• Career Opportunities: Take some time to review job openings on sites like LinkedIn. What kind of degree is required for the roles that interest you most? The program you choose should support the career path you ultimately want to take.
  • Flexibility: Are you looking for flexible online associate degree programs? Year-round classes? The ability to study at your own pace? Different schools offer different learning options, so be sure to weigh your priorities when determining which program to choose.
  • Stackability: After completing your associate degree program, you might plan to continue working toward a bachelor’s degree. If this sounds like you, look for a program that stacks. You may be able to take the credits you’ve previously earned at DeVry and apply them toward a bachelor’s degree, furthering the value of your hard work.

Once you have an idea of which program area fits your interests, click the following link to explore the  courses and programs offered at DeVry.

FAQs: Associate Degrees


What is an associate degree?

An associate degree is a post-secondary undergraduate degree that typically takes between one and two years to complete. It represents the first level of post-secondary degree options and is followed by a bachelor’s degree and then a master’s degree. An associate degree helps provide the foundational skills and knowledge needed to pursue a variety of careers.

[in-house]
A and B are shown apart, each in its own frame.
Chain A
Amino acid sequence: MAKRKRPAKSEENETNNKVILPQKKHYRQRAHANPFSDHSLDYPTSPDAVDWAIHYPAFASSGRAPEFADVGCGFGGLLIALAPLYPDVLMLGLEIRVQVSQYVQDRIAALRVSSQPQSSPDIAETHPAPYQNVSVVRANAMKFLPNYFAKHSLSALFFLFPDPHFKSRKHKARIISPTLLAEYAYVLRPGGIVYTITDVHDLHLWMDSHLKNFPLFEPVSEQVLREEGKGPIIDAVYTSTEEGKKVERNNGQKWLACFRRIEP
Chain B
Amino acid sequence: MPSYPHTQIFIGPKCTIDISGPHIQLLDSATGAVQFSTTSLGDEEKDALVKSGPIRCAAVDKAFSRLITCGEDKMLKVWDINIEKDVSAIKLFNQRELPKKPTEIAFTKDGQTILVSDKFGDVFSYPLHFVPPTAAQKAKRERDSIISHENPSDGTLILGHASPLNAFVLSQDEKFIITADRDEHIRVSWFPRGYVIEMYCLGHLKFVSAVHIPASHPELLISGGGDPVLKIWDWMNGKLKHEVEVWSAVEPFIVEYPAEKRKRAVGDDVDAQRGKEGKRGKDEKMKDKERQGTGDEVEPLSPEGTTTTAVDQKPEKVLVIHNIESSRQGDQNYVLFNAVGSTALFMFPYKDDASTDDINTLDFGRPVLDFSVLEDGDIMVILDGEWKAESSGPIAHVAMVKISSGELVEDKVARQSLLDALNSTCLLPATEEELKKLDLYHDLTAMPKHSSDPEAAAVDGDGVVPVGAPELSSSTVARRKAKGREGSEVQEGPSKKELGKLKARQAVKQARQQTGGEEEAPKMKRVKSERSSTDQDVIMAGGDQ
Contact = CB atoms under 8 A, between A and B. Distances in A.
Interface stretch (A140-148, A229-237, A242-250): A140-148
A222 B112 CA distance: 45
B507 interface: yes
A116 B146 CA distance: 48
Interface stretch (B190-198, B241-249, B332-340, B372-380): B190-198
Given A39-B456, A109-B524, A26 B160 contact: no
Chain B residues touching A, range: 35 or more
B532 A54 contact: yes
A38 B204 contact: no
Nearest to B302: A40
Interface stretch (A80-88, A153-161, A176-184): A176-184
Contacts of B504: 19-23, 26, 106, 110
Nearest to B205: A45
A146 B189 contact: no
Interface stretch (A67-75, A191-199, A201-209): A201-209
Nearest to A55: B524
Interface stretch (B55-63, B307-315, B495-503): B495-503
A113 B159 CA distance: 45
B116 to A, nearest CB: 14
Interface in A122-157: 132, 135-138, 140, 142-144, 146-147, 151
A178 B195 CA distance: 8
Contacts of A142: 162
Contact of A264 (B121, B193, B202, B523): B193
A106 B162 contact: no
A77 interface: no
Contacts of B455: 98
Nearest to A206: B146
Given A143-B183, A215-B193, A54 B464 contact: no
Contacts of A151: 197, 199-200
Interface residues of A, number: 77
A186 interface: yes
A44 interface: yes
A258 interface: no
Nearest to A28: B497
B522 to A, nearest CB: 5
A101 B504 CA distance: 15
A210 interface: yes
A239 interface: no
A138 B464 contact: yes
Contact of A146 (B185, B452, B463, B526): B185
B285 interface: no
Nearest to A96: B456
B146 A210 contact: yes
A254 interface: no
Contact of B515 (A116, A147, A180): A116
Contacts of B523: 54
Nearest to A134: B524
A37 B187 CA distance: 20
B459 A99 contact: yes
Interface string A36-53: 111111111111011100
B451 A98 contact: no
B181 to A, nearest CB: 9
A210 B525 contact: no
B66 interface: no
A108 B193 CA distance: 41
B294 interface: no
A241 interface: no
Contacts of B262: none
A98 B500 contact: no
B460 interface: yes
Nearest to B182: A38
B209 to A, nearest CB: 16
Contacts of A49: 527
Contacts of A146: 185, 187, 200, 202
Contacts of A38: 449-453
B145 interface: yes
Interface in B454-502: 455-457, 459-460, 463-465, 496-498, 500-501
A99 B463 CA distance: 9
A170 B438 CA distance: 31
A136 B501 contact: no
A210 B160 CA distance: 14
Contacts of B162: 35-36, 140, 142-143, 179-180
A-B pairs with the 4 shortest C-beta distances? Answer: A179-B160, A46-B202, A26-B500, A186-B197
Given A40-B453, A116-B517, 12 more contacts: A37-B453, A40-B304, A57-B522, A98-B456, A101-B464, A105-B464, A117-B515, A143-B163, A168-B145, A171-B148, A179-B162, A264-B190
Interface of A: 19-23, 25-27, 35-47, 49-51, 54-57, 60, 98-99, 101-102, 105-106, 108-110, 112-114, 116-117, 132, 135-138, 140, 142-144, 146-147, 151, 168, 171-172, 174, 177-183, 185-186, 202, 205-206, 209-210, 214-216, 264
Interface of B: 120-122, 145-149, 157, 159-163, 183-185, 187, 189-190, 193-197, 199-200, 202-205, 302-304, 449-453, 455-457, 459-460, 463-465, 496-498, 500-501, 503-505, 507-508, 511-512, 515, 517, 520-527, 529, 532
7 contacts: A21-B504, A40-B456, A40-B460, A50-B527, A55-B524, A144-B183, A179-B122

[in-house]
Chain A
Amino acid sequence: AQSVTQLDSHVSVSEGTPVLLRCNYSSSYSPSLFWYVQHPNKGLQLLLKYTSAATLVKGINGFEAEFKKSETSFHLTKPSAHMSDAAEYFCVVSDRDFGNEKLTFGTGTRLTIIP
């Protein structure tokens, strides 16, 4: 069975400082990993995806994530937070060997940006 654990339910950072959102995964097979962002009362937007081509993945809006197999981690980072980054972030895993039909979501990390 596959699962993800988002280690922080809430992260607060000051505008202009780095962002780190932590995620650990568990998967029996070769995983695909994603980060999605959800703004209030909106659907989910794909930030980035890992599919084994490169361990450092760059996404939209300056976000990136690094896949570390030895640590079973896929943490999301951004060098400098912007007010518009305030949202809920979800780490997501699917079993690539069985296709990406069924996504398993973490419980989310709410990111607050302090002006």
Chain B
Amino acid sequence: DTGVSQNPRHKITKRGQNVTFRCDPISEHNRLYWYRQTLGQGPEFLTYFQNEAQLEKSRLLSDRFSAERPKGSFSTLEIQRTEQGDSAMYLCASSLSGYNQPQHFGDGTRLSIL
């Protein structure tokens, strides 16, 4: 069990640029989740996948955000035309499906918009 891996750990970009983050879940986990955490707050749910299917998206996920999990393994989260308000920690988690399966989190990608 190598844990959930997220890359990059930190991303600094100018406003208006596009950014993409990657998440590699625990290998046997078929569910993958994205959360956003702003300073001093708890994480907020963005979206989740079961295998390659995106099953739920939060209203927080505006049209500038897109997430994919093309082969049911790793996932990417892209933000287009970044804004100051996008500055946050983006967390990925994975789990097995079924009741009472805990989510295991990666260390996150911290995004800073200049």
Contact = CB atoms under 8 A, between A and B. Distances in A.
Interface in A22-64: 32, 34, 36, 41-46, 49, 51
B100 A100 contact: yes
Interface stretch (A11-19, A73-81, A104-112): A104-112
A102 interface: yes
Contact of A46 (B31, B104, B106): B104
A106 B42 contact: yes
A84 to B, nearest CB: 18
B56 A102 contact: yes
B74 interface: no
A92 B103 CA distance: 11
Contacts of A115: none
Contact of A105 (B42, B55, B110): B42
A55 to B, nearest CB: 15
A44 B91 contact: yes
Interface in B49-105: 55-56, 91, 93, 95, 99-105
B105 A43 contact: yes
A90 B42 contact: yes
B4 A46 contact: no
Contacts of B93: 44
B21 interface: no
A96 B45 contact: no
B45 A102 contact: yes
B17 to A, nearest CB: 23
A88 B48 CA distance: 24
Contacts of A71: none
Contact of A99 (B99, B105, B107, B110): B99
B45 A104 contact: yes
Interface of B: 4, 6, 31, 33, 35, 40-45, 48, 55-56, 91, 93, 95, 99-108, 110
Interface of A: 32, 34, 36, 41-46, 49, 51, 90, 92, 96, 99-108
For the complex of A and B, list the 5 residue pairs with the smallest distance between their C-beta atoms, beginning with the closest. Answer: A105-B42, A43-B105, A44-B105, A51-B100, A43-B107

Like other postgraduate degrees, an associate degree is targeted towards a specific field of your choosing. You should consider the career path you wish to take prior to choosing your degree program.


What are the different types of associate degrees?

There are three types of associate degrees. Associate of Arts (AA), Associate of Science (AS), and Associate of Applied Science (AAS).

  • Associate of Arts (AA): Focuses on the liberal arts and includes fields of study such as the humanities and social science. Common degrees in this field include law, business administration and psychology, though the classification of a major may differ from school to school.
  • Associate of Science (AS): Focused on more scientific fields. Both AA and AS degrees typically include general education courses that can often be applied towards a bachelor’s degree. Some degrees in this category include biology, meteorology and physics.